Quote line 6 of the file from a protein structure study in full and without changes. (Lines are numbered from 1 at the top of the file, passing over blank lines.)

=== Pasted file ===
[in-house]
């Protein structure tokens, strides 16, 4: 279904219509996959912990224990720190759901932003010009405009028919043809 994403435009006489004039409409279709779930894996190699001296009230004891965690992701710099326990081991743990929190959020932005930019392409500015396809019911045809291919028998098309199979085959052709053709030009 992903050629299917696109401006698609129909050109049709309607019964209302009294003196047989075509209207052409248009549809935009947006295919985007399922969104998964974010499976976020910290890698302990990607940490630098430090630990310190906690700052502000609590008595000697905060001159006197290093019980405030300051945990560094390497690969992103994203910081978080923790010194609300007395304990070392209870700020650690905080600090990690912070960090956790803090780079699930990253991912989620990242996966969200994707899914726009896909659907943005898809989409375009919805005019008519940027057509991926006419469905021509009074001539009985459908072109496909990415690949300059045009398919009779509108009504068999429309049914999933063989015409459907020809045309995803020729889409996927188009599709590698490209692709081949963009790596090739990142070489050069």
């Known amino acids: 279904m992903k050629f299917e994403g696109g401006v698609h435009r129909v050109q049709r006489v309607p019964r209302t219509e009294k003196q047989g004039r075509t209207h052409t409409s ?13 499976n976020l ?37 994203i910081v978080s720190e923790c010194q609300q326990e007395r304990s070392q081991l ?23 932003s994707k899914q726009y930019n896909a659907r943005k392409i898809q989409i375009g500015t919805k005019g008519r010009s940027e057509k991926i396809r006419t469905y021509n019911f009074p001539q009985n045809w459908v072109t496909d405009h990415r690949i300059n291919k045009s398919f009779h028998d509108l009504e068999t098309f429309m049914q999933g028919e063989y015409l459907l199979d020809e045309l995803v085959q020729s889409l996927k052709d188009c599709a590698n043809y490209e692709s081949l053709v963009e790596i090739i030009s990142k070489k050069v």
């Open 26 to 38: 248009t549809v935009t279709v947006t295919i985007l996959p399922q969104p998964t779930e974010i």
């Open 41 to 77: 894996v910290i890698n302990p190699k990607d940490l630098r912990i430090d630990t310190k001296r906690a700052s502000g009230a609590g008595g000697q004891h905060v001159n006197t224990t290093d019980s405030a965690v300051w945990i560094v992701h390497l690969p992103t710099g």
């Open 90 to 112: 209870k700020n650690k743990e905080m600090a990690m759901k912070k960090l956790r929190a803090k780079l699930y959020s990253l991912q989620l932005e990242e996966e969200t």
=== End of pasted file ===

């Open 90 to 112: 209870k700020n650690k743990e905080m600090a990690m759901k912070k960090l956790r929190a803090k780079l699930y959020s990253l991912q989620l932005e990242e996966e969200t």